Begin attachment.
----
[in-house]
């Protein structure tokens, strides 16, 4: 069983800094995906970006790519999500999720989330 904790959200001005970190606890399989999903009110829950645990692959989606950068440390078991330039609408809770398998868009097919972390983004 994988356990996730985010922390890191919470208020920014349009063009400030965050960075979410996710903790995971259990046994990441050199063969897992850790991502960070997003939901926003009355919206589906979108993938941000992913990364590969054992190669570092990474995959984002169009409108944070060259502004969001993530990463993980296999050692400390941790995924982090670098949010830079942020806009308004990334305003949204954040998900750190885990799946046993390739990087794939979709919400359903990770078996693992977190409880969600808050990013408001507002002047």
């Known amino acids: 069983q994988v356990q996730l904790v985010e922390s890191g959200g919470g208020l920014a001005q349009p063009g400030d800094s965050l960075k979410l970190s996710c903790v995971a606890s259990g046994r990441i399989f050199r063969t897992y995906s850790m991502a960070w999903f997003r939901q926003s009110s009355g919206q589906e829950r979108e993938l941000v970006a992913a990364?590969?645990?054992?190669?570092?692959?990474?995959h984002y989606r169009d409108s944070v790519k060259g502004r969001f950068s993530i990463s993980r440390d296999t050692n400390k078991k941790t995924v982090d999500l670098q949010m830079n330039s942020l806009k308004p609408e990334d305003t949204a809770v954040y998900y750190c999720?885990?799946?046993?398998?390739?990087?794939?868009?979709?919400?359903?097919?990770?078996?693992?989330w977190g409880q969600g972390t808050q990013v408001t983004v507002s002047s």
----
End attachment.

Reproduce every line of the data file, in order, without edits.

[in-house]
């Protein structure tokens, strides 16, 4: 069983800094995906970006790519999500999720989330 904790959200001005970190606890399989999903009110829950645990692959989606950068440390078991330039609408809770398998868009097919972390983004 994988356990996730985010922390890191919470208020920014349009063009400030965050960075979410996710903790995971259990046994990441050199063969897992850790991502960070997003939901926003009355919206589906979108993938941000992913990364590969054992190669570092990474995959984002169009409108944070060259502004969001993530990463993980296999050692400390941790995924982090670098949010830079942020806009308004990334305003949204954040998900750190885990799946046993390739990087794939979709919400359903990770078996693992977190409880969600808050990013408001507002002047």
């Known amino acids: 069983q994988v356990q996730l904790v985010e922390s890191g959200g919470g208020l920014a001005q349009p063009g400030d800094s965050l960075k979410l970190s996710c903790v995971a606890s259990g046994r990441i399989f050199r063969t897992y995906s850790m991502a960070w999903f997003r939901q926003s009110s009355g919206q589906e829950r979108e993938l941000v970006a992913a990364?590969?645990?054992?190669?570092?692959?990474?995959h984002y989606r169009d409108s944070v790519k060259g502004r969001f950068s993530i990463s993980r440390d296999t050692n400390k078991k941790t995924v982090d999500l670098q949010m830079n330039s942020l806009k308004p609408e990334d305003t949204a809770v954040y998900y750190c999720?885990?799946?046993?398998?390739?990087?794939?868009?979709?919400?359903?097919?990770?078996?693992?989330w977190g409880q969600g972390t808050q990013v408001t983004v507002s002047s």